I’ve Lived Through the Canadian Experiment of Legalizing Pot

I was born in to a middle class working family in the suburbs of Vancouver, BC, Canada.

My teenage years were in the mid 90s. I started smoking dope habitually at the age of 14,  with consumption increasing to ounces per week. Most definitely myself and the kids I hung out with were addicted to getting high.  Weed, booze, harder drugs nothing was off limits. The liberal minded could be label it as harmless “partying” or “just being young” but when you binge every weekend or get high every day there is no doubt you are an addict and it will affect the trajectory of your life.

I’ve lived through the years of Canadian politicians lobbying to decriminalize and legalize marijuana.

I’ve heard all the same lies I’m hearing the parties involved here (New Zealand) speak now.

From experience and having seen the outcomes of the legalization of marijuana my views are the following.

Legalizing marijuana most definitely will not make a dent in the black market, people will buy from the cheapest supply and the black market will undercut the legalized market in a way where gov’t weed can’t be grown or sold cheap enough. The black market still thrives and sells weed in Vancouver.

The taxes the gov’t makes from selling weed will not all go in to addiction recovery and social programs to combat drug addiction and the problems caused by legalization.  Does all of our tax we pay for fuel and RUCS go back in to roading the transport infrastructure they tell us it does? NO, and its a big lie if they say it does.

The legalization or decriminalization of marijuana removes any fear of prosecution and police resources will more often than not not be used to enforce bylaws like no smoking in public.  Once the fear of prosecution is removed you’ll see parks filled with young people blatantly smoking weed, or adults/young people smoking wherever and whenever they feel like it because they know 9 out of 10 times there will be no resource to enforce the law or if there is there will be no criminal action.

It took me close to 15 years to break out of the dysfunction of constant substance abuse and get my life back on track.

Why do we need to legalize weed, which more often than not is used to mask the problems of serious dysfunction?   Wouldn’t it be wiser to go further upstream and tackle the issues causing these dysfunctions than to say lets legalize the drug so these people can medicate themselves of their problems?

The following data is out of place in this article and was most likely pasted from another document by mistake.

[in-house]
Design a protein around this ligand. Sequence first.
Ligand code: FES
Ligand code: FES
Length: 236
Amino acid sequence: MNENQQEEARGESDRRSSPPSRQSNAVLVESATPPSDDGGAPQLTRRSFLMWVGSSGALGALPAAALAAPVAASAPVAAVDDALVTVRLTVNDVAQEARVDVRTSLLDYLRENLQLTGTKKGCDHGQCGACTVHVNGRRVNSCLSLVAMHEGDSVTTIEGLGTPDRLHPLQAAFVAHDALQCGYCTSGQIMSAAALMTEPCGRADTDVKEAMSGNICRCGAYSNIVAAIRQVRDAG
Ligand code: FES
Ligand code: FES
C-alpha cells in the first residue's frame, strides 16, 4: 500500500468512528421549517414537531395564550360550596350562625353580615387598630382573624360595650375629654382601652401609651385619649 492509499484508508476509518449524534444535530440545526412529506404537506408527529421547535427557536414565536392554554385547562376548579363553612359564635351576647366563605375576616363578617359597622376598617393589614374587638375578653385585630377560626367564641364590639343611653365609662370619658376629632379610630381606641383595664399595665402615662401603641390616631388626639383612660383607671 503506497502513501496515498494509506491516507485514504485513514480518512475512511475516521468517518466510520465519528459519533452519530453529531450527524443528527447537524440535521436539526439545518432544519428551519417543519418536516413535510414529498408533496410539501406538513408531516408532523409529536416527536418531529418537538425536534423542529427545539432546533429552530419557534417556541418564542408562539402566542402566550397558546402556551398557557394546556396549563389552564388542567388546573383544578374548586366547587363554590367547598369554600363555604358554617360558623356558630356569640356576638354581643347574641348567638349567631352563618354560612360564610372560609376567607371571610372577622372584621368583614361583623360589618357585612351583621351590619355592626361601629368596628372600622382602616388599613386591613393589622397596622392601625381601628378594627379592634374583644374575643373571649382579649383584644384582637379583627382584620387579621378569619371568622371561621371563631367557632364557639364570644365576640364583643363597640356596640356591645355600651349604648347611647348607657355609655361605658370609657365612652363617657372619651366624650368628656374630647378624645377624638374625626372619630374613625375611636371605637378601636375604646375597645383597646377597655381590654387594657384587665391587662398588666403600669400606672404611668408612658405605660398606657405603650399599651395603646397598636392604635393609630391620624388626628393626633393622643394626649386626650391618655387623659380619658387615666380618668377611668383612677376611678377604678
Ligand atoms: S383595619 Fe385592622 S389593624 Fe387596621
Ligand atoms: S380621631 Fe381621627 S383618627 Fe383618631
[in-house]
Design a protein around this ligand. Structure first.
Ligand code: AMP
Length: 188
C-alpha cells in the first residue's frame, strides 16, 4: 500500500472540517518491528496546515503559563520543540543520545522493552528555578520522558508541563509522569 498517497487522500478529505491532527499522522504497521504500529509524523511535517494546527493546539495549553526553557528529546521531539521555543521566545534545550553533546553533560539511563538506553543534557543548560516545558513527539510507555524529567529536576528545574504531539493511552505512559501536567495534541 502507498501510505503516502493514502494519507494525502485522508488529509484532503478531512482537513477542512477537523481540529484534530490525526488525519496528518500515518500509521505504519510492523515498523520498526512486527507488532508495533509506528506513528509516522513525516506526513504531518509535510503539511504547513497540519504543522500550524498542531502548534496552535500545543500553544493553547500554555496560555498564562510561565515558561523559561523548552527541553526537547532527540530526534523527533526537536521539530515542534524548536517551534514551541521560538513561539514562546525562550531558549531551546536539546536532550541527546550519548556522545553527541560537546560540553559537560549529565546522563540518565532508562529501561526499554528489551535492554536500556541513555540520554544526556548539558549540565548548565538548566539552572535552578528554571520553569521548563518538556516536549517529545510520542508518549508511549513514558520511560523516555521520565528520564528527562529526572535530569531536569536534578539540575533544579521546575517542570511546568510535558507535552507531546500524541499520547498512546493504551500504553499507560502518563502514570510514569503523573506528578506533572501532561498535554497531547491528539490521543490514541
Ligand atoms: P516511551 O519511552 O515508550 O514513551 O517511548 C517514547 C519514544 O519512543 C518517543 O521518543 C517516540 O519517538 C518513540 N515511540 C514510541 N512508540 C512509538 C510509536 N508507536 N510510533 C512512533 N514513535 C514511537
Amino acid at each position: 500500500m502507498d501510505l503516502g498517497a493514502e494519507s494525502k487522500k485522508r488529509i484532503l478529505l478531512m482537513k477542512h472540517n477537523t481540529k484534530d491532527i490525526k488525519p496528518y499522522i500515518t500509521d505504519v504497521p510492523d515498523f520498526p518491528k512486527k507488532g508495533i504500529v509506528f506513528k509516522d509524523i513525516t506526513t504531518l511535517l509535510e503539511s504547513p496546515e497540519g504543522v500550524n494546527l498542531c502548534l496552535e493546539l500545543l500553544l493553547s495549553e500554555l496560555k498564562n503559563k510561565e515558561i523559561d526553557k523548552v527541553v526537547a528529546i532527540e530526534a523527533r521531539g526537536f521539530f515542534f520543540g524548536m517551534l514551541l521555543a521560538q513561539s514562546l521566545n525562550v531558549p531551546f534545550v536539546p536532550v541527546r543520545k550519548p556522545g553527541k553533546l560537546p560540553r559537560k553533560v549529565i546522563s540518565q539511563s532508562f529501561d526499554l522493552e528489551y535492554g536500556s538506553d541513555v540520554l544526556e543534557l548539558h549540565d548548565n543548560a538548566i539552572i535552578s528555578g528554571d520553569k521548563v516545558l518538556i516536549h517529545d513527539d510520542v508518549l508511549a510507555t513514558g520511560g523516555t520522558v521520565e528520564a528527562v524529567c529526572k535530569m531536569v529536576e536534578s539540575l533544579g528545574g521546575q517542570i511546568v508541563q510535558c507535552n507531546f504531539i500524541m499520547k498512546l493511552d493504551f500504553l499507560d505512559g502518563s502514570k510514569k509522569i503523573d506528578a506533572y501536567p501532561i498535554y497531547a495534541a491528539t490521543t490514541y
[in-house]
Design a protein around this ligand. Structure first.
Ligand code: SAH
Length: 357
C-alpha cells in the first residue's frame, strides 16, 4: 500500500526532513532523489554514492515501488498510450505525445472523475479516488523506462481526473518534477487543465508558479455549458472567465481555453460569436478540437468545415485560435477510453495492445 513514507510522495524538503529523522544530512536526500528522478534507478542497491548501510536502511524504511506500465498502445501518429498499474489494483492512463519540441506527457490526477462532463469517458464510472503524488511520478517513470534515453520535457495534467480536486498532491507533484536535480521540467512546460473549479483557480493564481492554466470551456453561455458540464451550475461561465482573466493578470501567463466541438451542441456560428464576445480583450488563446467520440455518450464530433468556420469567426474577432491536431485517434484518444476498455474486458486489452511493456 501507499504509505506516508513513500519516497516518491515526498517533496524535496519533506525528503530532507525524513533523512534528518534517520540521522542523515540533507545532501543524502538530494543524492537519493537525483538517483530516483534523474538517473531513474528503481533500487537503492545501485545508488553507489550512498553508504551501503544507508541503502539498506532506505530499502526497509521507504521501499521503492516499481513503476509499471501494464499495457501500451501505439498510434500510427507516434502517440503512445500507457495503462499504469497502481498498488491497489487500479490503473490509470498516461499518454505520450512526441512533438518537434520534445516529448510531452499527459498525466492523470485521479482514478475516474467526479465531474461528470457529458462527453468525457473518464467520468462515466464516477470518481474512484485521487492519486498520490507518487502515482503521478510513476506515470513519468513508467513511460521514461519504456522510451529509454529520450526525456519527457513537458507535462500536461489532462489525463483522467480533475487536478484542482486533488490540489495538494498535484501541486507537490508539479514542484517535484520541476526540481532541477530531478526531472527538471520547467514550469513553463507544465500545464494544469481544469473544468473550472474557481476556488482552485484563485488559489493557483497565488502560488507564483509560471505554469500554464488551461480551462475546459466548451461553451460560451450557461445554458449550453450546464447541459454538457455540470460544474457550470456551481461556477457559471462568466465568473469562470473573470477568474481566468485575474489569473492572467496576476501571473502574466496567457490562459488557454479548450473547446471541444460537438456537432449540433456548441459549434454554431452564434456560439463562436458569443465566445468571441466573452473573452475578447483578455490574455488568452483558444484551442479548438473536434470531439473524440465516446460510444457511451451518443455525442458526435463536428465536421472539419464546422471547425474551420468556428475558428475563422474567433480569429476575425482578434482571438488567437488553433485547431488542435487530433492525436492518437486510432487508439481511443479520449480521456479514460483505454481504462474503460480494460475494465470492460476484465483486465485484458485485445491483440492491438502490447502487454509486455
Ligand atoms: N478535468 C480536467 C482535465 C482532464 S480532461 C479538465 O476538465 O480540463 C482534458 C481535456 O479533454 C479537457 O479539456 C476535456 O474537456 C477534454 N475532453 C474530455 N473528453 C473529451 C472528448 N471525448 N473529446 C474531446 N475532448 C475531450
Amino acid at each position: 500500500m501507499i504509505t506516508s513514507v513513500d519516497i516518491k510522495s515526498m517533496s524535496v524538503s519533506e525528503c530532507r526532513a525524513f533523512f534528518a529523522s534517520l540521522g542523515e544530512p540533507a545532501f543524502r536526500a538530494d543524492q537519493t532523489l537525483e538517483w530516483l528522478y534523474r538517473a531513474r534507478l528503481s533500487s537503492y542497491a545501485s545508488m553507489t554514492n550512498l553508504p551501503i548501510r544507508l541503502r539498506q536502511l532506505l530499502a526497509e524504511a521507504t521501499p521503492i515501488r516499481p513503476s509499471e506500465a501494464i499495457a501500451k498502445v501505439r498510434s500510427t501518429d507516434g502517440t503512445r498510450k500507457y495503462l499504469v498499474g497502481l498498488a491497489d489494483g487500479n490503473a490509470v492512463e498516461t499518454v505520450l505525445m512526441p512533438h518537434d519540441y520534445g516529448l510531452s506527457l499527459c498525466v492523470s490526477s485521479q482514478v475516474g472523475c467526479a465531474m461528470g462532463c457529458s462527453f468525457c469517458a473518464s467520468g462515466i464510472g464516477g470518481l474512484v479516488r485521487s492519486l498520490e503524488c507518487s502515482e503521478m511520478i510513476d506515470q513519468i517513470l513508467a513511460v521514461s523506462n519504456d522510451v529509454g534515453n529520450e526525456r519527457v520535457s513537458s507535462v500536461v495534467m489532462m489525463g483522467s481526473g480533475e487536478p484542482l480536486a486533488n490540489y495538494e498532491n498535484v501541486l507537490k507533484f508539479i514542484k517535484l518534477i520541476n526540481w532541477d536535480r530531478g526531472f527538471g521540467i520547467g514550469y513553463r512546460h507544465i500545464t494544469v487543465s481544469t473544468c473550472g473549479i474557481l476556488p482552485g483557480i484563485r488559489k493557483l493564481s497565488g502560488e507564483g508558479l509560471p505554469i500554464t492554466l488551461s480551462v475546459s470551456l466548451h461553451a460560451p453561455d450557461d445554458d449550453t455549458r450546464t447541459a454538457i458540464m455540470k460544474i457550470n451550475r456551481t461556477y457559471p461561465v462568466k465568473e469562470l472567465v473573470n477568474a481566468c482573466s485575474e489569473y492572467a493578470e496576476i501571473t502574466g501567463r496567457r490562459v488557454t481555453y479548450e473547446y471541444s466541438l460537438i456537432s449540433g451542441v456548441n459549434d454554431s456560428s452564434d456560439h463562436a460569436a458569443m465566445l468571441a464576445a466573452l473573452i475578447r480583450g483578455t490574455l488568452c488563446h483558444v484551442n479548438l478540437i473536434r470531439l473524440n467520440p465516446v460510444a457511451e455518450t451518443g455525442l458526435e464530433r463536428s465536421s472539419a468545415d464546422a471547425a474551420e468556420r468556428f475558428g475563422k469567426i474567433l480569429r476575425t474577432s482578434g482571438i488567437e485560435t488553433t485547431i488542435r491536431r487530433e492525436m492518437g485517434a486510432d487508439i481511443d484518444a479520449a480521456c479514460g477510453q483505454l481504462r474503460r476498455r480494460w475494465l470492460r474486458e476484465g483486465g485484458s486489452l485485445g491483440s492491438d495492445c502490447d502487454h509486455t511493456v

I used to work about a block away from Vancouver’s first “safe injection site”  which was a taxpayer funded place people could go and shoot heroin and hard drugs.  What we heard for years and years from politicians is that it would help clean up the neighborhood and go a long way in reducing the number of addicts.  I would walk through hundreds of “zombies” every day and the numbers never decreased, the increased.

Again isn’t money going to tackle the problems further upstream that are causing these problems?

In 2010 when the Winter Olympics came to town, they took all of those “zombies” and bought them bus tickets out of town and out of province so surprise, surprise when the world showed up the neighborhood was nice and clean.

I’ve lived through and seen the destruction caused by the lies and hopefully my experience will help influence someone to vote NO in this upcoming referendum.

(Name withheld by request)

Published by Intentional Faith

Devoted to a Faith that Thinks

One thought on “I’ve Lived Through the Canadian Experiment of Legalizing Pot

  1. I’m of two minds on this topic. For one, I’m reminded of the success Portugal has had in this arena. They legalized nearly all drugs, and diverted their drug interdiction money into addiction centers that are free for addicts off the street. What happened there, as I recall, is the exact opposite of what is being described in Vancouver. Nearly all of their drug-related problems have improved tremendously. On the other hand, there are certain drugs that simply shouldn’t ever be allowed within our societies, and marijuana can lead to their use. The idea of tackling the issue upstream seems like a great idea in theory, but where I question things is, how? We are a species that is as uniquely suited to total self-destruction as we are dedicated to the idea. How do we track down each and every factor involved in addiction, and eliminate it? Short of the whole of humanity coming to Jesus all at the same time, this strikes me as being easier said than done.

    Like

Comments are closed.

%d bloggers like this: